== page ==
on 28 August 2010
This lo-fi gem supports the old adage that sometimes less is more. Sparse piano arrangements are often the only accompaniment to the bruised, vulnerable vocals of Mike Hadreas. Short and sweet at under half an hour, this in no way detracts from the slow-burning power of the record. It's as lo-fi and intimate as Roman Candle by Elliott Smith, or Nick Drake's Pink Moon, without being guitar-based. There is no intricate musicianship here, just dreamy, wispy songs with simple chord progressions and thoughtful lyrics.
These are songs as pretty as butterfly wings but just as delicate. Standout track Mr Peterson tells a tragic tale delivered with gentle warmth - achingly sad yet somehow uplifting. And that is the genius of Mike Hadreas. Fans of Elliott Smith, Bright Eyes, Radiohead, Gravenhurst and Nick Drake should investigate further.
Perfume Genius is Mike Hadreas and he comes from Seattle.
'Learning' is his debut album and it is simply marvellous.
Not since Polly Harvey's 2007 album 'White Chalk' have I
heard anything quite so bleakly beautiful (perhaps Anja
Plaschg's 2009 release 'Lovetune For Vacuum' is a close second).
The ten songs in this collection rise from the ether into the
listening world tentatively and in ghostly raiments. They are
bruised and blistered and blindingly beautiful.
With little more than a shakey upright piano and a fine ear for
subtle sonic decoration Mr Hadreas makes big magic from small things.
His fragile and ephemeral voice sits way back in the mix where it
moves us, scares us and occasionally thrills us. Neutrality is not
an option. This music demands our closest attention from top to tail.
The sublime harmonies of 'Gay Angels'; the stripped-down candour
of the startling miniature 'Write To Your Brother'; the rich
incandescent wrap-around chords of 'No Problem'; the whistful,
broken-down and reconstructed 60's ballad 'When'; the essence of
loss and regret made flesh in the dreamlike multi-layered final track
'Never Did'. Mr Hadreas' musical imagination is as idiosyncratic as it
is totally, magically, heart-pumpingly alive! Transcendent stuff!
I have to agree with other reviewers in stating that Perfume Genius has created a beautiful, haunting album.
I came to this from a music magazine recommendation and I am so glad I did. I checked out some live tracks on YouTube first and I have to say that the live tracks I heard (Never Did, Learning and Mr Peterson) seemed to resonate with emotion and power. This comes through on this album, but I felt this to be slightly more reserved and staid in comparison. It is my own fault for hearing such sublime live versions first, I know.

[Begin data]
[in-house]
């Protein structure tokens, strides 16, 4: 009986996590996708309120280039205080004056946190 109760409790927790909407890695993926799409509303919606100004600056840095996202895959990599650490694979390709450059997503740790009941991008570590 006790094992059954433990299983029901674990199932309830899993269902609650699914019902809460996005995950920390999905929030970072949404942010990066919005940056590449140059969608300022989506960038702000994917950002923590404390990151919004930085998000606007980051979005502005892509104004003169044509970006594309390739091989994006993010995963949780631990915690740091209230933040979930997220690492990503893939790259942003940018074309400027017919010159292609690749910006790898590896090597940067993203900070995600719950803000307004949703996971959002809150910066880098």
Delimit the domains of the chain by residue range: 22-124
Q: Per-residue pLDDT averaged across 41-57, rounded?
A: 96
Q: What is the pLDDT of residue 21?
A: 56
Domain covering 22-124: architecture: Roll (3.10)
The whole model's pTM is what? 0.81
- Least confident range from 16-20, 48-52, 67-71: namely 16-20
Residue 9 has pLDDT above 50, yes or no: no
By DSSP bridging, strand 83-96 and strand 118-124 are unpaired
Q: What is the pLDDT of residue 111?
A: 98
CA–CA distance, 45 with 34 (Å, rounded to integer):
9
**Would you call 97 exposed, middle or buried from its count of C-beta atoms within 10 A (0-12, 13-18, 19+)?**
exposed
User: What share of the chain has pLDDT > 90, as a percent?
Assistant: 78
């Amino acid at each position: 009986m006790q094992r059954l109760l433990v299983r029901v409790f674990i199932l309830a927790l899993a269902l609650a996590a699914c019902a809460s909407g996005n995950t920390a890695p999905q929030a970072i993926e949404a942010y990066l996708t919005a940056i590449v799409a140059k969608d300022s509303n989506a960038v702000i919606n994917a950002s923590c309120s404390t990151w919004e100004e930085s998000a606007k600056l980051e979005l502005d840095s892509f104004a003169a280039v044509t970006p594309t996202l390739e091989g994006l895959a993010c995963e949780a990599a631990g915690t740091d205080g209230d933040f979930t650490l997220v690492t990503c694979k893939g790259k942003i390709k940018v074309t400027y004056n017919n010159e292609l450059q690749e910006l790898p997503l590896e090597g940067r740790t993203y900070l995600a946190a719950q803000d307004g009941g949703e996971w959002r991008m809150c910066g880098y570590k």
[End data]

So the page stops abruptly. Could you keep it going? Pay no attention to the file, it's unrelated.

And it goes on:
Saying that the tracks mentioned above are real stand-out tracks and the pared back piano and simple lyrics manage to hit home immediately. This is a relatively short album, but it is perfectly crafted and you feel it affect you as it progresses until you want to hit that play button at the end and revel in it all over again.
This is one of those album that you'll either love or hate and I'm glad to say I love it. It is haunting, intelligent and beautiful, which are all things I adore in my music. Check this out, but be warned, get the album first and then check out the live clips online. It's the best way round to do it.
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on 29 June 2010
I was falling asleep listening to 6music not too long ago, and in that moment between being awake and sleep i heard a beautiful song in which i took instant liking too.. the next morning I had no idea who the artist was so set about at work listening to the iplayer until that song came back on.. the song in question was learning by perfume genius..
I instantly pre-ordered this item on vinyl in which i received a few days back... what can I say other then beautiful, stunning, sad, haunting...
if you like music that can make you sad and happy in the same moment, such as sigur ros, explosions in the sky etc etc.. then buy this... sit back.. and enjoy.. on vinyl of course!
on 14 July 2010
The songs in this album make difficult listening, you can almost hear Mike Hadreas's heart breaking while his fragile voice cracks as he recounts Mr Peterson, the teacher that had an unhealthy obsession with him 'how my body kept him up at night'. There are warnings about living in a big city, 'lookout lookout' there are murders about'. Some of the songs don't even last two minutes, and the whole album is only 30 minutes but at the end you feel like clapping along with Mike as he sings the last few bars of the closing number Never Did.
If you like Low, you will notice the similarities with some of their earlier work e.g 'Thinks We Lost in the Fire'. The songs are stripped down to the basics and Mike's voice takes on an ethereal quality in Gay Angels.